Many companies followed. As missionaries completed their missions in Scandinavia, they would return to Utah with the L.D.S. emigration companies. One or more of the missionaries would be called to be their leader(s). Later companies sailed direct from Copenhagen to England. The first 5 large companies sailed to New Orleans and then went up the Mississippi River by riverboat to Keokuk, Iowa or Kansas City where they were outfitted to cross the plains by wagon or handcart. These companies experienced cholera outbreaks on the Mississippi riverboats that caused many deaths. Subsequent companies sailed to New York and went by rail to Iowa. Beginning in 1860 emigrants went by steamboat from Iowa City to Florence, Nebraska. From Iowa they crossed the plains by covered wagon or handcart which took 2 to 3 months. Altogether, it took the first companies about seven to eleven months to arrive in Utah.

In 1867 the first steamship with L.D.S. emigrants left from Liverpool and arrived in New York. It took approximately 9 to 12 days for a steamship to travel from Liverpool to New York.

1869 – 1900

The year 1869 marked a great change for the emigrants. All companies at this point were able to cross the Atlantic Ocean by steamship rather than sailing ships. In 1869 the Union Pacific Railroad was completed all the way to Ogden, Utah. On June 25, 1869 the first locomotive with emigrants arrived in Ogden, Utah ending the need for covered wagons and handcarts. It took approximately 6 to 9 days to travel from the East Coast to Utah via railroad. Altogether with the steamships and the train, the journey usually took a little under a month.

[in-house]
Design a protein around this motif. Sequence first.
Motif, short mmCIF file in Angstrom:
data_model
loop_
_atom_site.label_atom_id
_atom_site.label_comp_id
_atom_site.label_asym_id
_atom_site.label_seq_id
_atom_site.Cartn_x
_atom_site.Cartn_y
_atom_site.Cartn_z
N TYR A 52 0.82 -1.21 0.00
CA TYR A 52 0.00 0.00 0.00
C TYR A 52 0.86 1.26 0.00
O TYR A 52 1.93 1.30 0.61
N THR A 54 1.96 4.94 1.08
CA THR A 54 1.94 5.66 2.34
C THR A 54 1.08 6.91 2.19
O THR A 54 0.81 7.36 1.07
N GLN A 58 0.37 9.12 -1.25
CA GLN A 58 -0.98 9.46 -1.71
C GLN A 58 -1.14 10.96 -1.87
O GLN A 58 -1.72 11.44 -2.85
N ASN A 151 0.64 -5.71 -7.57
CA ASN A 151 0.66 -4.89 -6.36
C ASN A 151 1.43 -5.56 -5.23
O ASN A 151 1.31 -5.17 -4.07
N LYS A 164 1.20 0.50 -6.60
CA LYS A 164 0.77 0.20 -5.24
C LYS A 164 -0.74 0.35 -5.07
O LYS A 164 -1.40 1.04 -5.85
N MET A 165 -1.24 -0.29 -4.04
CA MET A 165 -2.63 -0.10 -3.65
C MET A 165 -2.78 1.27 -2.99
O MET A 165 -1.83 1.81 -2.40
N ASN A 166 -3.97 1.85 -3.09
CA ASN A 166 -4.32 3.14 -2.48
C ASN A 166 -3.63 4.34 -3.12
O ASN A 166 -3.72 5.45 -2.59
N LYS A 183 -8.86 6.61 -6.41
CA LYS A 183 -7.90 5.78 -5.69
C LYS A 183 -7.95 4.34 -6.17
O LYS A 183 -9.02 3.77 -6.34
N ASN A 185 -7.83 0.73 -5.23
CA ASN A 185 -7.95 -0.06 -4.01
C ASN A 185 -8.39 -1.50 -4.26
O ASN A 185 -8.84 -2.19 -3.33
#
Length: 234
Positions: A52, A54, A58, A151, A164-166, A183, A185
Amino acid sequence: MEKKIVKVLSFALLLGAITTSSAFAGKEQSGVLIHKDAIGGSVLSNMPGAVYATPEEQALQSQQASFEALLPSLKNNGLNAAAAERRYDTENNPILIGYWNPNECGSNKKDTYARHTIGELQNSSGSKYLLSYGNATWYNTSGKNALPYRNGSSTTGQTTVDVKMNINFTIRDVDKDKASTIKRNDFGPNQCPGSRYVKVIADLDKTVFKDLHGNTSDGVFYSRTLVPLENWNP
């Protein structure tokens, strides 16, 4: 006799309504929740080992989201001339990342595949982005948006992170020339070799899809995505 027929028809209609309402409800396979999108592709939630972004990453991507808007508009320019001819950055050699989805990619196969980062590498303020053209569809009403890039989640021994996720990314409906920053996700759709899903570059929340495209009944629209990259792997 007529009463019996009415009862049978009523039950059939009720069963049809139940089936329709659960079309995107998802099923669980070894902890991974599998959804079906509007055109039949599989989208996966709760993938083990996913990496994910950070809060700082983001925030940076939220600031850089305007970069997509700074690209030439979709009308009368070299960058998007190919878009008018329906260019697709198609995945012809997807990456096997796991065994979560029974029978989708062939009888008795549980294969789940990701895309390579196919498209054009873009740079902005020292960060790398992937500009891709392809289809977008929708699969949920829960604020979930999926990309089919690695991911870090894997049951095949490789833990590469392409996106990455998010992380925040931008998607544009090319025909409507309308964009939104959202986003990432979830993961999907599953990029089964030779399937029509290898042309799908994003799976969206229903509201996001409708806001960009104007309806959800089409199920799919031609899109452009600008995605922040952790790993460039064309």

Post 1900

In 1910 President Joseph F. Smith visited Sweden and counseled the members there to remain in Sweden and build up the church there. There was little emigration after 1930 except for a couple of years after World War II ended. From 1850 to 1930 there were 8,545 members from Sweden that immigrated to Utah, the great majority coming prior to 1900. About 250 members from Sweden emigrated during the years 1948 and 1950.

L.D.S. Record Sources


References

1. Höglund, Inger and Johansson, Caj-Aage. Steg I Tro., Jesu Kristi Kyrka av Sista Dagars Heliga: Italy. 2000.
2. Anderson, Shauna C.; Manness, Ruth Ellen; Black, Susan Easton. Passport to Paradise. Geaealogical Services, Utah. 2000.
3. Jenson, Andrew. History of the Scandinavian Mission. The Deseret News Press. Salt Lake City, Utah, 1927.
4. Zobell, Albert L. Jr., M.S. Under the Midnight Sun. Deseret Book Company, Salt Lake City, Utah. 1950.


 

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  • This page was last modified on 20 October 2011, at 12:02.